(b) A person petitioning for amendment of the National List should request a copy of the petition procedures from the USDA at the address in §205.607(c).

(c) A petition to amend the National List must be submitted to: Program Manager, USDA/AMS/TMP/NOP, 1400 Independence Ave., SW., Room 4008-So., Ag Stop 0268, Washington, DC 20250.

[65 FR 80637, Dec. 21, 2000, as amended at 68 FR 61993, Oct. 31, 2003]

§§205.608-205.619   [Reserved]

State Organic Programs

§205.620   Requirements of State organic programs.

(a) A State may establish a State organic program for production and handling operations within the State which produce and handle organic agricultural products.

(b) A State organic program must meet the requirements for organic programs specified in the Act.

(c) A State organic program may contain more restrictive requirements because of environmental conditions or the necessity of specific production or handling practices particular to the State or region of the United States.

(d) A State organic program must assume enforcement obligations in the State for the requirements of this part and any more restrictive requirements approved by the Secretary.

(e) A State organic program and any amendments to such program must be approved by the Secretary prior to being implemented by the State.

§205.621   Submission and determination of proposed State organic programs and amendments to approved State organic programs.

(a) A State organic program's governing State official must submit to the Secretary a proposed State organic program and any proposed amendments to such approved program.

(1) Such submission must contain supporting materials that include statutory authorities, program description, documentation of the environmental conditions or specific production and handling practices particular to the State which necessitate more restrictive requirements than the requirements of this part, and other information as may be required by the Secretary.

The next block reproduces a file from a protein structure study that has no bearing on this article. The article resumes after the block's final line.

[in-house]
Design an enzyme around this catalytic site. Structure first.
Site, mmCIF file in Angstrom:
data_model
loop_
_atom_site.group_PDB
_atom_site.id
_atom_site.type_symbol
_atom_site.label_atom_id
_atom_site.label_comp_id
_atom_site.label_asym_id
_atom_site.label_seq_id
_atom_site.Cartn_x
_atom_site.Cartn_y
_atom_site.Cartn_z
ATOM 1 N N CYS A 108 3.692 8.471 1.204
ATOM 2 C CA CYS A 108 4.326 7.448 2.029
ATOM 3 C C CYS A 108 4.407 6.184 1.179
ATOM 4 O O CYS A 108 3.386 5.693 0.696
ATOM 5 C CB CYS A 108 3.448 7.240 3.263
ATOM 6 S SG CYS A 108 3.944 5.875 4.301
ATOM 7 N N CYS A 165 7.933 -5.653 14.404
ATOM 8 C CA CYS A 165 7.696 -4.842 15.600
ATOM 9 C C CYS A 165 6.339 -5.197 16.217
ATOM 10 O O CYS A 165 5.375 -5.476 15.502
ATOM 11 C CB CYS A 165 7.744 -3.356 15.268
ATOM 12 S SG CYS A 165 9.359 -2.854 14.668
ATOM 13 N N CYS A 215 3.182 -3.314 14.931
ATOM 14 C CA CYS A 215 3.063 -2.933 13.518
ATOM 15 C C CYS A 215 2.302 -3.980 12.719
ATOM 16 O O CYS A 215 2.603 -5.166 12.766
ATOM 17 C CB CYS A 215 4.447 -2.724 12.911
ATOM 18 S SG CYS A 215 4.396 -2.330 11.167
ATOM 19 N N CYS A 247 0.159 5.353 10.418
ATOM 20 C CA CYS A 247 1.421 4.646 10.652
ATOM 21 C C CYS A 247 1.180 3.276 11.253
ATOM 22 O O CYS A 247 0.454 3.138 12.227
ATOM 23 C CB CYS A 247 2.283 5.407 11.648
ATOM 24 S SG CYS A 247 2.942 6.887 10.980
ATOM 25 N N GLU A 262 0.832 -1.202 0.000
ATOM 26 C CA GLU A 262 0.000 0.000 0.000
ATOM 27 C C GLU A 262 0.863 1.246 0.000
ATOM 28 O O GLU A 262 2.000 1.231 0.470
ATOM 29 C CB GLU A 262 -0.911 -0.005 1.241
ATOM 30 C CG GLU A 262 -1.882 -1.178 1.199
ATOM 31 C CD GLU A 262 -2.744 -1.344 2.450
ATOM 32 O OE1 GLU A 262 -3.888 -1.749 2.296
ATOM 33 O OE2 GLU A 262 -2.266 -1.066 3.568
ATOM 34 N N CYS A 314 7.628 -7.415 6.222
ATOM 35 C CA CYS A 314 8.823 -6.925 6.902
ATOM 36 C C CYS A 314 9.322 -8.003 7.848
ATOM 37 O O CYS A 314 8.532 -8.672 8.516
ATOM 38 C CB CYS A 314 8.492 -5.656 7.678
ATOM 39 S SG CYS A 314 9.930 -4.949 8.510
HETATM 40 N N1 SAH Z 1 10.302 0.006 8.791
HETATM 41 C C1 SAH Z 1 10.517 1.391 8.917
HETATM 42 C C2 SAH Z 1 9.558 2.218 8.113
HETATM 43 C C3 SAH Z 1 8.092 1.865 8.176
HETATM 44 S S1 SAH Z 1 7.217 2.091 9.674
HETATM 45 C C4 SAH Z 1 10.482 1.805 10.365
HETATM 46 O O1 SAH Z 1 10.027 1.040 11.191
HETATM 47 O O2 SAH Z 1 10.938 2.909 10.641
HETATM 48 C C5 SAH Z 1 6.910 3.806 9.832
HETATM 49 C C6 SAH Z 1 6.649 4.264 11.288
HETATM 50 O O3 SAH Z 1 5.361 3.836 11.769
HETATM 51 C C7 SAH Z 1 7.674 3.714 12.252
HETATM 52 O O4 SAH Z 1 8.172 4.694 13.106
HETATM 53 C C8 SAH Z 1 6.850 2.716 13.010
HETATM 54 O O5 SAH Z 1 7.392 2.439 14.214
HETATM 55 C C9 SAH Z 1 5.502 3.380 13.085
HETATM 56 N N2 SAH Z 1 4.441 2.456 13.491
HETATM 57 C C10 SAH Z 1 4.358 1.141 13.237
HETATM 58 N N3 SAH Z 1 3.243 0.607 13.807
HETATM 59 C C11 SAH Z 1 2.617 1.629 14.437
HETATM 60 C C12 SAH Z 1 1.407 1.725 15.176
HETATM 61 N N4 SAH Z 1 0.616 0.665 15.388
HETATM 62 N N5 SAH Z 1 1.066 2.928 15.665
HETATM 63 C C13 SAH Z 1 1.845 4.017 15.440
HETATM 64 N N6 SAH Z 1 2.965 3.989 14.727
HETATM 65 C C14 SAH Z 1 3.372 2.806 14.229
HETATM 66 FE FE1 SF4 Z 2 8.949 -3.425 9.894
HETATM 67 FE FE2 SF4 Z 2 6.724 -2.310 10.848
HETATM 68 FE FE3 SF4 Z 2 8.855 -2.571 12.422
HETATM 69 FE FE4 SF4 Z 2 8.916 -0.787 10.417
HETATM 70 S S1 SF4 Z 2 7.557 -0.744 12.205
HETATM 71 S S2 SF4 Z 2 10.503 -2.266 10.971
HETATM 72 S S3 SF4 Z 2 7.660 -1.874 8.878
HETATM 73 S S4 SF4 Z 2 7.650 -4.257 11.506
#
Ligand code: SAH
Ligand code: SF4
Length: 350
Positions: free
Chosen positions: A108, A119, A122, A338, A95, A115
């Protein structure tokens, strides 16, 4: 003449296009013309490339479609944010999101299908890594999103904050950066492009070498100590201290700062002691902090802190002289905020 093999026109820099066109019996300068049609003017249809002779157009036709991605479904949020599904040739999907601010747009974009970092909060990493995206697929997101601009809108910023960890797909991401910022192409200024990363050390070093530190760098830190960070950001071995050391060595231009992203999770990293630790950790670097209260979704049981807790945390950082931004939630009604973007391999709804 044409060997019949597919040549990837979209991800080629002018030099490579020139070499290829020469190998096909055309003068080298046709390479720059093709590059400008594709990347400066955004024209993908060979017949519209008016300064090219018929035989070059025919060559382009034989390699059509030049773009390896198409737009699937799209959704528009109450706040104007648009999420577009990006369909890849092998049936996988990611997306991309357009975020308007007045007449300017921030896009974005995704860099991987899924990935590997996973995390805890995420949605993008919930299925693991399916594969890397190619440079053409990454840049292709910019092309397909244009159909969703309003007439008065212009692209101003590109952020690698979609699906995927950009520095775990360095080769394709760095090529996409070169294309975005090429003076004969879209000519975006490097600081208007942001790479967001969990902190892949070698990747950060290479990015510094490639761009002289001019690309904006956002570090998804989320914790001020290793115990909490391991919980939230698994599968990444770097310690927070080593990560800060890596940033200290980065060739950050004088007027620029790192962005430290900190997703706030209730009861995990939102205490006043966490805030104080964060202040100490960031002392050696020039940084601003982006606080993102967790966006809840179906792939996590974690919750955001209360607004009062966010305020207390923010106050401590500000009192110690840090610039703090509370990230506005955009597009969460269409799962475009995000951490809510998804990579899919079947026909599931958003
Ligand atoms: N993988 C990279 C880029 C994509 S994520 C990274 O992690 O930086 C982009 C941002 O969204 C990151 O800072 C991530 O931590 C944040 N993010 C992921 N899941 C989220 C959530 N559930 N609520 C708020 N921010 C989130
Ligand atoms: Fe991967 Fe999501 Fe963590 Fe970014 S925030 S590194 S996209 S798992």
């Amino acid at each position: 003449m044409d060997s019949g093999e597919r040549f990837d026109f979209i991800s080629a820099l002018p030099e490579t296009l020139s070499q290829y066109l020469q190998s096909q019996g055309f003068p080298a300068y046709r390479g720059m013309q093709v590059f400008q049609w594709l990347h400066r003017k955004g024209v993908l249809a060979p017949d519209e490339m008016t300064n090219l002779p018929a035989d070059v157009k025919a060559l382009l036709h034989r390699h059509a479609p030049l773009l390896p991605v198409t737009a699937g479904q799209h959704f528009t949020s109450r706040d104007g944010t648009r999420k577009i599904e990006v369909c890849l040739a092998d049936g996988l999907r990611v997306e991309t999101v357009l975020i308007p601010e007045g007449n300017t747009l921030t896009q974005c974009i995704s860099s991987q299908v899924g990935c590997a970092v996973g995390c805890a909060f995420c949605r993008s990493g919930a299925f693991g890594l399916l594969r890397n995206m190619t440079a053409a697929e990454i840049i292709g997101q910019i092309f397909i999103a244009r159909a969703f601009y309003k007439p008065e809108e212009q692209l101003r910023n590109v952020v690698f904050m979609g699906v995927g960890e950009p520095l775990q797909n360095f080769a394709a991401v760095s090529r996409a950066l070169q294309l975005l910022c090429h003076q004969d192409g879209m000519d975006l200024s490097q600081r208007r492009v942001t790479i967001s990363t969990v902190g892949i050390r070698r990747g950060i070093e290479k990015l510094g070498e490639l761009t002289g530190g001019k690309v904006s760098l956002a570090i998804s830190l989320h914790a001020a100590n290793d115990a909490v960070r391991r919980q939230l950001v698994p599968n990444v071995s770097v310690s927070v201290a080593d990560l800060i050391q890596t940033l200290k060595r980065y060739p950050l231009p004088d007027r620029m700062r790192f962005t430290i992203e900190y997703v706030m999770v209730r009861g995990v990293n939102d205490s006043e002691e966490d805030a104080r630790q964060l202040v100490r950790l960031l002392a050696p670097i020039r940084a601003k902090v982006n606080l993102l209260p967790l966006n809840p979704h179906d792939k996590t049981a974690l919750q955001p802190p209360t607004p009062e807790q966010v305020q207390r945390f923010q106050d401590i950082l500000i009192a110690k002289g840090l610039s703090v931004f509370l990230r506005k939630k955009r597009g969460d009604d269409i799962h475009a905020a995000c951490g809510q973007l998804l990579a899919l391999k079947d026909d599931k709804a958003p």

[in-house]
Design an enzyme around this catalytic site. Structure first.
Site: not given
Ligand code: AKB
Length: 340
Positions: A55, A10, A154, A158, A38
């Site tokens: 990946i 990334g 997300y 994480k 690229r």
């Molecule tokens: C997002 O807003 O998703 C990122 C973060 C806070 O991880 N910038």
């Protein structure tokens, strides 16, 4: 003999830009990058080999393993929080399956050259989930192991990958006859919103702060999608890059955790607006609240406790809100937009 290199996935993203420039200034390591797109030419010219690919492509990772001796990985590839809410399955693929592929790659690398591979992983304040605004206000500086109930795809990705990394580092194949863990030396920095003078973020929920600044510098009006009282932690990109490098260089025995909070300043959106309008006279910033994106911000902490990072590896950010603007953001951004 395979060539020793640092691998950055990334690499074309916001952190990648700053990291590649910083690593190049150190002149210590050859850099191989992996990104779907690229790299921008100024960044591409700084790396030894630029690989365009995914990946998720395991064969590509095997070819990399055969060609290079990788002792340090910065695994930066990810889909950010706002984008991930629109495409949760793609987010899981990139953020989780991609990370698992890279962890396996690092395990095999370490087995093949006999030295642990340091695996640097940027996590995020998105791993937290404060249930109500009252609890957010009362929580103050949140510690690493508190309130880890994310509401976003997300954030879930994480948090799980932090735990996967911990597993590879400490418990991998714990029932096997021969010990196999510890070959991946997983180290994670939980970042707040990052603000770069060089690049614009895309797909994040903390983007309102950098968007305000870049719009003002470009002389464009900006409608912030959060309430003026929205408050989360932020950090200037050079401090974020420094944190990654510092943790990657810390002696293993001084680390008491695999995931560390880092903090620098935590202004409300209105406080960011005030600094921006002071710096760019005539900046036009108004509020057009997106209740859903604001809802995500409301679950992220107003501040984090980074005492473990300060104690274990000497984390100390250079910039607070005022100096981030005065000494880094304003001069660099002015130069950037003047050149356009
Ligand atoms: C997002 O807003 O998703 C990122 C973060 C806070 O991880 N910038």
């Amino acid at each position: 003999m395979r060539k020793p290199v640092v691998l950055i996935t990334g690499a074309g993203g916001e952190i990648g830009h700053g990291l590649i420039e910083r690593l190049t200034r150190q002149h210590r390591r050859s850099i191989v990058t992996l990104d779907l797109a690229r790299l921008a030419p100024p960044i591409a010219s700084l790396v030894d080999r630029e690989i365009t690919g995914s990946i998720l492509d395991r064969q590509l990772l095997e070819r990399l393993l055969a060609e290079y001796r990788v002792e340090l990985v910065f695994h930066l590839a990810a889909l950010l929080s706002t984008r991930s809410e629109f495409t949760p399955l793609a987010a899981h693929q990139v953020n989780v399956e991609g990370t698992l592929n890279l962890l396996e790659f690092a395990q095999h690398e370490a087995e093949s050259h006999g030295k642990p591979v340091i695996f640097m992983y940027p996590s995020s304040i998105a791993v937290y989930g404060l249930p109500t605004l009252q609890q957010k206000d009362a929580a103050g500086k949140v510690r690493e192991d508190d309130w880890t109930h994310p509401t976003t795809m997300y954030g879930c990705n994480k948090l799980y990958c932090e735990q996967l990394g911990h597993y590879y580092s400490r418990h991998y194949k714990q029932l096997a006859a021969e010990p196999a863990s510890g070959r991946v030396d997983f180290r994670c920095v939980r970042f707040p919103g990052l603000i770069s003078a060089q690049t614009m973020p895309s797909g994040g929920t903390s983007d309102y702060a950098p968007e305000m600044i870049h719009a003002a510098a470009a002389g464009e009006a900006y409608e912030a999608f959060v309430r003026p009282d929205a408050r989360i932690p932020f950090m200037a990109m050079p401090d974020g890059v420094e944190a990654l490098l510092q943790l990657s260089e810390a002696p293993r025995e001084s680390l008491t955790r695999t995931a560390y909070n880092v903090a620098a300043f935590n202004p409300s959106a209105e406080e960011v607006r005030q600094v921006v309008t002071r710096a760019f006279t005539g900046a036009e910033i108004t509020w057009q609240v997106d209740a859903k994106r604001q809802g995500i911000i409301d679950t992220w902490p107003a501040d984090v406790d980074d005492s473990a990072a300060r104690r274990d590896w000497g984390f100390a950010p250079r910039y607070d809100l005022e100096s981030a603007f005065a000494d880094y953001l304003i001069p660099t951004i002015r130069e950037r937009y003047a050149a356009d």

(2) Submission of a request for amendment of an approved State organic program must contain supporting materials that include an explanation and documentation of the environmental conditions or specific production and handling practices particular to the State or region, which necessitates the proposed amendment. Supporting material also must explain how the proposed amendment furthers and is consistent with the purposes of the Act and the regulations of this part.

(b) Within 6 months of receipt of submission, the Secretary will: Notify the State organic program's governing State official of approval or disapproval of the proposed program or amendment of an approved program and, if disapproved, the reasons for the disapproval.

(c) After receipt of a notice of disapproval, the State organic program's governing State official may submit a revised State organic program or amendment of such a program at any time.

§205.622   Review of approved State organic programs.

The Secretary will review a State organic program not less than once during each 5-year period following the date of the initial program approval. The Secretary will notify the State organic program's governing State official of approval or disapproval of the program within 6 months after initiation of the review.

§§205.623-205.639   [Reserved]

Fees

§205.640   Fees and other charges for accreditation.